June 21, 2011 | 0 Comments
Solar cell fabrication technologies are still evolving, making room for new materials. The latest product developments and research are summarized.
June 21, 2011 -- Solar cell fabrication technologies are still evolving, making room for new materials. Polymers used to make photovoltaic modules include EVA, PVB, silicone, fluoropolymers (such as PVF, PTFE, ECTFE and ETFE), PMMA, thermoplastic elastomers, EPDM, polyamide and PET. Various speakers covered this at AMI's international conference, Polymers in Photovoltaics 2011, this April in Germany. The trends include higher transparency for maximum efficiency, lighter-weight materials for building-integrated PV (BIPV), and other improvements. Below is a summary of the latest product developments and research.
The solar power industry is growing worldwide -- 16,000MW of photovoltaics (PV) systems were installed globally in 2010, and this number will grow in 2011, says Kerry Setterthwaite, senior consultant at Applied Market Information (AMI).
Dr. Mohan Narayanan, VP, technology, Hanwha SolarOne in China, points out that between 1.4 and 1.8 billion people currently lack access to electricity. By 2020, 750 million people will have the option of solar-powered electricity. Governments, like India's, where they need an additional 280GW of electricity by 2020, will need to support solar power. The demands on materials will be high: encapsulant would need to be highly transparent for maximum efficiency, water repellent, chemical resistant, have low permeability to water vapor, excellent adhesion, and flexibility, and perform consistently across a wide temperature range.
The durability of a module is linked to the encapsulant, and each material has advantages and disadvantages. PVB is proven in window technology but suffers a small supplier base, some transmission issues, and weakness to moisture; silicone is expensive but has a simple lamination procedure, and another alternative, polyolefin, is widely available but doesn't offer good adhesion. EVA has a matching refractive index to glass, enabling good transmission and mechanical strength, as well as known processing, but has a poor moisture barrier, outgasses during processing, and sufferes degradation.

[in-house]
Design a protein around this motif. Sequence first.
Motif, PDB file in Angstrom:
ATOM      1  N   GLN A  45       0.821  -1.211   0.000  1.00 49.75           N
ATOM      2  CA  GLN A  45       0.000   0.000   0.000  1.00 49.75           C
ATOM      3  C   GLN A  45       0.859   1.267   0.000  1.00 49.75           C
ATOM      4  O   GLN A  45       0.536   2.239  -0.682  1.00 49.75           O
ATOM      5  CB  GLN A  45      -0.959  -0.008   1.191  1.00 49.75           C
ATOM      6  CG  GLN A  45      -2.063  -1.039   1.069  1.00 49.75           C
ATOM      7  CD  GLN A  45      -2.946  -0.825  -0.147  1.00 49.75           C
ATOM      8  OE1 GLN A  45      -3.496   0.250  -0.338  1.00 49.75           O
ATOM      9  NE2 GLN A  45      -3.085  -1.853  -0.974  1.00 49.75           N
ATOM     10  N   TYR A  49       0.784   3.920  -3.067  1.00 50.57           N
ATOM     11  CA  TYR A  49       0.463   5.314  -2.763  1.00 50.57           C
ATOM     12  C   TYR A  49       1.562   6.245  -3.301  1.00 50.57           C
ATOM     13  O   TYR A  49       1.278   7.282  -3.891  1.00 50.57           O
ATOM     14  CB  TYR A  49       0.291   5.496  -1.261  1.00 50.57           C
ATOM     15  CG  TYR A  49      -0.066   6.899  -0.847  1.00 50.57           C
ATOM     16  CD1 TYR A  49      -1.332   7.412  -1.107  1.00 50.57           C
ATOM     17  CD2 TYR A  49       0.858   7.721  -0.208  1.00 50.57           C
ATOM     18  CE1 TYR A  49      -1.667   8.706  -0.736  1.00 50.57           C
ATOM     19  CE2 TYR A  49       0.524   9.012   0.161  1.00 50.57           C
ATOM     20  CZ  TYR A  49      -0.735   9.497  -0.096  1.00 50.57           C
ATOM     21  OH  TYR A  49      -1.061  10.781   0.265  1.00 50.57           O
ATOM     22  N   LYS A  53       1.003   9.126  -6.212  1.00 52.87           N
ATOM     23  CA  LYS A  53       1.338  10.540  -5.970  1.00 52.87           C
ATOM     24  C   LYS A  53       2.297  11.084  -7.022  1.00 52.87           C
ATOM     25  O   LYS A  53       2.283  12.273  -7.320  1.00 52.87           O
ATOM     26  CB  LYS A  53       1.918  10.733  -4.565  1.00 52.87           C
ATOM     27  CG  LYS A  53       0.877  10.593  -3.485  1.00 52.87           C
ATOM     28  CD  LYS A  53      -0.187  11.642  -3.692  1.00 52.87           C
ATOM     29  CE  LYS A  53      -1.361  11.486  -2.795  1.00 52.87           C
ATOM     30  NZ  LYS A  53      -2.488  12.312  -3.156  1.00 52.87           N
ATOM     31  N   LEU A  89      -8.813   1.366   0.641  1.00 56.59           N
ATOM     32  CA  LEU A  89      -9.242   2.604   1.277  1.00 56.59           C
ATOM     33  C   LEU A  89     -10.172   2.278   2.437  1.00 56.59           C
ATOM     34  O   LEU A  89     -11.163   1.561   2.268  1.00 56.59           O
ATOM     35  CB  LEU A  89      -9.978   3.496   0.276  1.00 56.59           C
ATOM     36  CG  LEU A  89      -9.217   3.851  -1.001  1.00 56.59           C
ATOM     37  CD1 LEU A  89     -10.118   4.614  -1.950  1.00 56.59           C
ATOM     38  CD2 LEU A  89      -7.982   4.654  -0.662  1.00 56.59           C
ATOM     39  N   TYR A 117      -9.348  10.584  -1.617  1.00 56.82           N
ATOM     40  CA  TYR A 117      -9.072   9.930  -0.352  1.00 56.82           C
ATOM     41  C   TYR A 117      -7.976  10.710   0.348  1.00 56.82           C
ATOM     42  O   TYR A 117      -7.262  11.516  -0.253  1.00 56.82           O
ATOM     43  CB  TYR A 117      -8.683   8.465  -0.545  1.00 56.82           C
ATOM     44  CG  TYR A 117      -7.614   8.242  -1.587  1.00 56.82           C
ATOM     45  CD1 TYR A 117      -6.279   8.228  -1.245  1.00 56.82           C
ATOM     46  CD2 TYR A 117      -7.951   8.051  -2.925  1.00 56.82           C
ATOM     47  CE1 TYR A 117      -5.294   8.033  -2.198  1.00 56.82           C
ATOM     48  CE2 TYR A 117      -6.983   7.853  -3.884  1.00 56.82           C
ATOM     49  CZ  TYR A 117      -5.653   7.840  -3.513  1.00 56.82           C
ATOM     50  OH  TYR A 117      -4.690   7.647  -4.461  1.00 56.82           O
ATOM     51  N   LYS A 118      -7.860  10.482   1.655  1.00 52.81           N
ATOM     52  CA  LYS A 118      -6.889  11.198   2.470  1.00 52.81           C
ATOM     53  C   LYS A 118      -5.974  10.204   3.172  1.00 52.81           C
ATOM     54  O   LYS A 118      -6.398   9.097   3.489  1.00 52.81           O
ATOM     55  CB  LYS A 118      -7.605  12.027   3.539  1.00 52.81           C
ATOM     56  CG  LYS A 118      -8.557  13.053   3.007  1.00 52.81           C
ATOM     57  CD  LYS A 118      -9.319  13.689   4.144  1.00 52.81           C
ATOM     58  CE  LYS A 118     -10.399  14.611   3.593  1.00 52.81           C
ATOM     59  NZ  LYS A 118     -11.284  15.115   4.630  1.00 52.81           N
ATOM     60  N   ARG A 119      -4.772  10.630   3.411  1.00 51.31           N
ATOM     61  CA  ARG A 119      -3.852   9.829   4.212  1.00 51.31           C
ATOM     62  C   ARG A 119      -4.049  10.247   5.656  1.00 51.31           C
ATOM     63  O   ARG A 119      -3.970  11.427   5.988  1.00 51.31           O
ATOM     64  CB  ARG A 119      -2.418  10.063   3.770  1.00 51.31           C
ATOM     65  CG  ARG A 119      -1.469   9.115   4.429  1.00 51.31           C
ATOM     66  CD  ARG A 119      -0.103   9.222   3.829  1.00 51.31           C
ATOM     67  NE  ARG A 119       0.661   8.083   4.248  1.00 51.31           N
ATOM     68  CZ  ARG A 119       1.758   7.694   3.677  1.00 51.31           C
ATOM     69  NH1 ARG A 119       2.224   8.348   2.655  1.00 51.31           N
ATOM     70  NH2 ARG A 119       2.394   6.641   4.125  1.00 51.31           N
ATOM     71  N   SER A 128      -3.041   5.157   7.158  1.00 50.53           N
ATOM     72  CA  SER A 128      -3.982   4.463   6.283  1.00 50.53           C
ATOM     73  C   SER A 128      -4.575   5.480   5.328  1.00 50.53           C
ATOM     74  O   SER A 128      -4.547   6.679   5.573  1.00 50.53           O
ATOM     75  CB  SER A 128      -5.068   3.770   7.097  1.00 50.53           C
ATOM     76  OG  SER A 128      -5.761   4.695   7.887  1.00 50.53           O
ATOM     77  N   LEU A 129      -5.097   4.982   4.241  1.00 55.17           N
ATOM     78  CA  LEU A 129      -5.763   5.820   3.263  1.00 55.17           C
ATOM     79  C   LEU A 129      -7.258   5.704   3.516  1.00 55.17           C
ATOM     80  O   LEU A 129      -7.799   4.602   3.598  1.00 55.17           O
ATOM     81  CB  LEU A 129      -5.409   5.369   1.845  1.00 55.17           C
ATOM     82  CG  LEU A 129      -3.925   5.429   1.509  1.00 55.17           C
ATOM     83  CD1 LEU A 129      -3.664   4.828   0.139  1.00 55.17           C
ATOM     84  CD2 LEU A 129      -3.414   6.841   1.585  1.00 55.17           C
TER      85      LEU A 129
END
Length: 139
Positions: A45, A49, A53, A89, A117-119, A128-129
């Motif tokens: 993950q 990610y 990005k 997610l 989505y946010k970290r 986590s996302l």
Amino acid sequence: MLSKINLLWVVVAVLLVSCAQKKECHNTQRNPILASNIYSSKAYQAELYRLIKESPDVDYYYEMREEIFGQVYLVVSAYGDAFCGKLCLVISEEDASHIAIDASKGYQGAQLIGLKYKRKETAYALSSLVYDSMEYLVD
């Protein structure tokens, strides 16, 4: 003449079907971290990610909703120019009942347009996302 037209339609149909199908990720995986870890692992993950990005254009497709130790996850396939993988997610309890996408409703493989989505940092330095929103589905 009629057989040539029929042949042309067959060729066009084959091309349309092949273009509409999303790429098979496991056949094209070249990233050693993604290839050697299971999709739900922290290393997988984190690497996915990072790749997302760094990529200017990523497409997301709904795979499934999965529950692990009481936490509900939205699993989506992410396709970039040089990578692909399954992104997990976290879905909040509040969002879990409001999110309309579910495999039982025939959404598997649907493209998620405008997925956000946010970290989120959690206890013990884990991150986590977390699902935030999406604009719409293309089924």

Encapsulation materials should be transparent, provide cushioning and impact properties, electrical insulation and a high moisture barrier. EVA is the most commonly used polymer and has been in use for over 30 years. More recently silicone rubber, PVB, ionomers and TPU have all been used as alternatives. There are special considerations for the extrusion of encapsulant polymers, as studied by Davis-Standard. A typical EVA encapsulant has a high VA content (33%) and contains additives, which must be correctly mixed: the extruder should have a corrosion-resistant liner and screw, provide adequate torque for low temperature processing and an L/D size which balances residence time against mixing requirements.
Many commercial building roofs in the US cannot handle the weight of solar panel installations. New lightweight crystalline silicon technology is being developed: fluoropolymers can replace the heavy glass front sheet: they are lightweight (as low as 0.1kg per square meter); ETFE and FEP offer excellent light transmittance, and are resistant to chemicals, humidity, light and heat. A rigid reinforcement, such as a rigid back panel, is required in glass-less modules. Saint-Gobain Performance Plastics supplies these front sheets: ETFE is already used as transparent roofing structures and has been subject to extensive testing including hail and cut resistance.
Solvay Solexis has developed solar films with Ajedium Films (a company division). A typical backsheet is a multilayer structure with PET and tie layers. A new transparent grade of PVDF has potential for backsheets and frontsheets. ECTFE has potential in frontsheets, including for UV blocking films.